The Residential Tenancies Act 1986 (“the Act”) requires landlords to provide and maintain rental properties in a reasonable state of repair for their tenants. When deciding what is a ‘reasonable state of repair’ one must consider the age and character of the property and how long it is likely to remain habitable and available to be lived in. The Act also requires landlords to provide properties in a reasonable state of cleanliness. Although the Act does not directly regulate the standard of rental properties, it does reinforce that landlords must ‘comply with all requirements in respect of buildings, health, and safety under any enactment so far as they apply to the premises’.
The Housing Improvement Regulations 1947 records the minimum requirements that must be met when it comes to housing standards. Local authorities and councils are responsible for the enforcement of these regulations within their districts. The premises must comply with each of these requirements unless the dwelling complied with what would be considered an equivalent requirement of the Building Code at the time the dwelling was built. The purpose of the Housing Improvement Regulations is to ensure that properties are warm, dry, safe and sanitary for the tenants occupying the dwelling. The regulations address room size, function and safety, light, ventilation, drainage and dampness, overcrowding, sewerage and sanitation, and heating.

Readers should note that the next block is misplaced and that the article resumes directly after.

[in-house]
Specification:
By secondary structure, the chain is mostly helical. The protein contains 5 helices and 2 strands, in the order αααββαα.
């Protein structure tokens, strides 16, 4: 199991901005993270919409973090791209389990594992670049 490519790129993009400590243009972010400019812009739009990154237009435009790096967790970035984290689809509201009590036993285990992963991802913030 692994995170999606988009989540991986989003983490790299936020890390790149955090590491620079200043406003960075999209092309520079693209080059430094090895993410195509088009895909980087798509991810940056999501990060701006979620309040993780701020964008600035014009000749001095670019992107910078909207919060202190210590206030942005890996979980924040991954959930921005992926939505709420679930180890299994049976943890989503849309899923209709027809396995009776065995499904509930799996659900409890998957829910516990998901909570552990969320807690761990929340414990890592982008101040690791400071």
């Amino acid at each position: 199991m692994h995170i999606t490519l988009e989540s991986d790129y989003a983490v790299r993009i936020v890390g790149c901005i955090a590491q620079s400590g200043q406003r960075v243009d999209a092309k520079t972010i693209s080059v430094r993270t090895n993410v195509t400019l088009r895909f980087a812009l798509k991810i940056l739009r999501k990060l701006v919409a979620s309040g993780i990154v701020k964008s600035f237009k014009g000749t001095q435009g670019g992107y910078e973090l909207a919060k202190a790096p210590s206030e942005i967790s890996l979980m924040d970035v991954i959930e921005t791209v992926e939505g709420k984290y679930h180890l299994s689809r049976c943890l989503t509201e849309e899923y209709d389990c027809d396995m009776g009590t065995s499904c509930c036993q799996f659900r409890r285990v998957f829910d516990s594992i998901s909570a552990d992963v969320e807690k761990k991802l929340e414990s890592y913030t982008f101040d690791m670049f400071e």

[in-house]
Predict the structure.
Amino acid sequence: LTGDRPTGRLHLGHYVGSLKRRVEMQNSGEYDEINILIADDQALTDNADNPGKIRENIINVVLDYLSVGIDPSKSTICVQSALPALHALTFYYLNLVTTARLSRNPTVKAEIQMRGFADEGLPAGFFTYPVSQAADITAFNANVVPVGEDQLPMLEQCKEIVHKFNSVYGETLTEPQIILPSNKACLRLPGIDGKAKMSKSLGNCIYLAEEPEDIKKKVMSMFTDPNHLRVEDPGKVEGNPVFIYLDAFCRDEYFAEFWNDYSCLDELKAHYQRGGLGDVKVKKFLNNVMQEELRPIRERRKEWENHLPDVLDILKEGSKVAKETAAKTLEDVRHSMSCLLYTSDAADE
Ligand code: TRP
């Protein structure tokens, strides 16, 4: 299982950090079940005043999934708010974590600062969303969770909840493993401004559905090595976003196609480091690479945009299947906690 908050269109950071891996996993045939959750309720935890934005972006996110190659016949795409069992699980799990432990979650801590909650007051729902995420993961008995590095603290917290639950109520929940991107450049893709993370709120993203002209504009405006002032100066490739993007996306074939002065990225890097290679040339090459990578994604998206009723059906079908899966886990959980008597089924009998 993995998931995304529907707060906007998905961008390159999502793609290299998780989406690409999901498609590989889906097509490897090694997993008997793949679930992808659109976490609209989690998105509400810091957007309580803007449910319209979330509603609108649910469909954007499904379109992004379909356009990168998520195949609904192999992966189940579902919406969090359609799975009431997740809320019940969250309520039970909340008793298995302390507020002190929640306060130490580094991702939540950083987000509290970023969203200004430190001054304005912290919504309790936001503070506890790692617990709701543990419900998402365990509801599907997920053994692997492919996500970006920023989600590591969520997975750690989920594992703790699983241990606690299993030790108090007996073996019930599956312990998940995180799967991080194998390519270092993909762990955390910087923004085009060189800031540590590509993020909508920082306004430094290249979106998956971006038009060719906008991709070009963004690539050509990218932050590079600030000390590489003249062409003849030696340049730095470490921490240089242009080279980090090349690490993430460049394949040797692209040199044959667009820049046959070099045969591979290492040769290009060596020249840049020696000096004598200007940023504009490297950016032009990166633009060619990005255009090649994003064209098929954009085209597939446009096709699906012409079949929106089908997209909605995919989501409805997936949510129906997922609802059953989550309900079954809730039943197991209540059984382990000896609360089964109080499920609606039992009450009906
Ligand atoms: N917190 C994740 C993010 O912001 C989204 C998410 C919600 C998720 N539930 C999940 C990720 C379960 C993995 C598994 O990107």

Each dwelling, alteration, and additional ancillary building should have building consent and code of compliance if the dwelling or alterations were made post 1993. If they were made prior to 1993 then it was common for the dwelling to only have a building permit.
Earlier this year new housing standards came into effect. These standards require that all rentals have heaters that can warm the main living rooms up to 18 degrees Celsius. Each home must have underfloor and ceiling insulation that meet the 2008 Building Code standards, while existing ceiling insulation must have a minimum thickness of 120 millimetres.
Private landlords will need to ensure their rental properties comply with the standards within 90 days of any new tenancy commencement date from mid-2021, while Housing New Zealand and registered Community Housing Providers will have until July 2023 to comply with the new standard of housing requirements.
If the dwelling does not comply with the Act and the Housing Improvement Regulations, a tenant can apply to the Tenancy Tribunal for a work order or other type of order if a landlord will not meet their responsibilities for providing a safe and healthy home.
Where the premises cannot lawfully be used for residential purposes a tenant may apply to the Tenancy Tribunal for rent to be repaid to them on the basis that the landlord has received rent that is not lawfully recoverable under the Act.
Premises that cannot be lawfully used for residential purposes could include illegally converted garages, unconsented dwellings and commercial properties used for residential use.
If you have any questions or concerns regarding whether or not the dwelling you are renting meets the required standards and regulations, we advise you to seek professional legal advice to assist you with these queries.